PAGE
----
- People aren’t sitting around waiting to hear your stories
When Saunders reached the North Pole, he got out his satellite phone. After warming up the battery in his armpit, he made three calls: “I dialed my mum. I dialed my girlfriend. I dialed the CEO of my sponsor. And I got three voicemails.” OK, that’s unfair to say they didn’t want to hear what he’d done. They were just busy at the time, that’s all. But . . .
- Some people really do want to listen
“I finally got through to my mum,” says Saunders. “She was at the queue of the supermarket. She started crying. She asked me to call her back.” There are special people who will make time to listen—when they can focus on your story without distractions. Thanks, Mum.
- Don’t let others draw boundaries on your map
When Saunders was 13, he got a school report that said, “Ben lacks sufficient impetus to achieve anything worthwhile.” Saunder’s response—”I think if I’ve learned anything, it’s this: that no one else is the authority on your potential. You’re the only person that decides how far you go and what you’re capable of.”
- One of the three most important questions will always be “Where is the bathroom?”
Saunders gave his TED Talk to answer three questions:
(1 ) Why?
(2) How do you go to the loo at minus 40?
(3) What’s next?
That second question is very important at the North Pole, because it seems that “at minus 40, exposed skin becomes frostbitten in less than a minute.” Your question number two will be more like “Where’s the bathroom?” or just “Bathroom? Bathroom?” Then, once you see the facilities, you may ask yourself, “How?”
As for the answers to those question, in short, Saunder’s responses go something like this:
(1) “For me,” says Saunders, “this is about exploring human limits, about exploring the limits of physiology, of psychology, and of technology. They’re the things that excite me. And it’s also about potential, on a personal level. This, for me, is a chance to explore the limits—really push the limits of my own potential, see how far they stretch.”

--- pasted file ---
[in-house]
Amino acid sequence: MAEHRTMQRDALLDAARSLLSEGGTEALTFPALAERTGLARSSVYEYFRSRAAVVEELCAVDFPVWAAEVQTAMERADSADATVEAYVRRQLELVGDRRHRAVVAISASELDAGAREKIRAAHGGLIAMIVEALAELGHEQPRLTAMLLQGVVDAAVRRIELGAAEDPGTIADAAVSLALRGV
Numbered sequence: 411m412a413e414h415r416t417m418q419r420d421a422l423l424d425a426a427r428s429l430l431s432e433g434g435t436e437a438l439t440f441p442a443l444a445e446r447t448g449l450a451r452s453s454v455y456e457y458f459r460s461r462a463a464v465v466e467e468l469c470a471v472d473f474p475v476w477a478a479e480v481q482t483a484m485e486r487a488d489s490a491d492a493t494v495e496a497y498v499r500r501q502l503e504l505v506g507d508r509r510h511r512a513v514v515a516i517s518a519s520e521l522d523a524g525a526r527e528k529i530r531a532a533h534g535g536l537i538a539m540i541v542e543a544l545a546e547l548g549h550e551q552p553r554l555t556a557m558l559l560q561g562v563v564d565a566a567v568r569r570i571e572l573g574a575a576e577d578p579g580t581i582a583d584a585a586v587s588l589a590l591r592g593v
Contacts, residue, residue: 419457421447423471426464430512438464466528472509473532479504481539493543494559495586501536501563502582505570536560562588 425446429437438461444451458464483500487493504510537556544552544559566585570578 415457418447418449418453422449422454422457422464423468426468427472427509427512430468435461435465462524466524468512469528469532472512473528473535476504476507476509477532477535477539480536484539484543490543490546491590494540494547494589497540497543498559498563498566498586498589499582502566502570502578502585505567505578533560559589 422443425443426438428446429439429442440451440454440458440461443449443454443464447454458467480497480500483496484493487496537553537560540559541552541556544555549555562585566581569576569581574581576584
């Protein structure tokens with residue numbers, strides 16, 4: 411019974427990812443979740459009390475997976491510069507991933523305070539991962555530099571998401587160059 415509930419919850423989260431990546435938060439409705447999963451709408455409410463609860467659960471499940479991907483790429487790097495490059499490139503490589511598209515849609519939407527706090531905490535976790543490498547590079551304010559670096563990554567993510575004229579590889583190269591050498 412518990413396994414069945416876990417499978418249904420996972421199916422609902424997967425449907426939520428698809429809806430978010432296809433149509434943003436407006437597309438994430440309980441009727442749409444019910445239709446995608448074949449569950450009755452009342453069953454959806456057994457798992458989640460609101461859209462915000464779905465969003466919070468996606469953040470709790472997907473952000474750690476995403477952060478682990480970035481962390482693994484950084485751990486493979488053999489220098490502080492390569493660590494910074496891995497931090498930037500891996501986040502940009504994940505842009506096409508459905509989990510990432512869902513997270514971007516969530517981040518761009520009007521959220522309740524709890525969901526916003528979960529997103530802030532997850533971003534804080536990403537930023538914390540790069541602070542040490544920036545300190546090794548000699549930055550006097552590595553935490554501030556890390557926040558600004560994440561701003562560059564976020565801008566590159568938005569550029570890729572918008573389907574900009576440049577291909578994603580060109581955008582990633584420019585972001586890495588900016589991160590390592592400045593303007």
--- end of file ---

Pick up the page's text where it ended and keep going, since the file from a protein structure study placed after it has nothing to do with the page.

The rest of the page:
(2) That’s a trade secret, no answer here.
(3) Antarctica. Saunders and Tarka L’Herpiniere are currently on the first leg of their trek from the coast of Antarctica to the South Pole and back again—1,800 miles in all—unsupported and on foot. You can follow Saunder’s daily blog posts here. Why the South Pole? See answer number one above. Somebody’s got a severe case of wanderlust. [Saunders and L’Herpiniere completed their expedition on February 7, 2014.]
May 4, 2017 § Leave a comment
I can’t say that these are newly published stories. All of them have been out for a while. But I’ve come across them over time, and I’d like to highlight them here together. They all share the topic of crossing cultures at a young age (well, one is about a 22-year-old)—and they’re all skillfully told.
Thanhha Lai was born in Saigon, Vietnam, coming to Alabama with her family following the end of the Vietnam war. In Inside Out and Back Again, she writes about her experiences through the story of a fictional 10-year-old named Hà. After losing her father in the war, Hà, along with her mother and brothers, travels by boat to a tent city in Guam, then makes her way to the American mainland, where she encounters the difficulties of fitting in. Written in 2011, Inside Out was named a Newberry Honor Book and won the National Book Award for Young People’s Literature.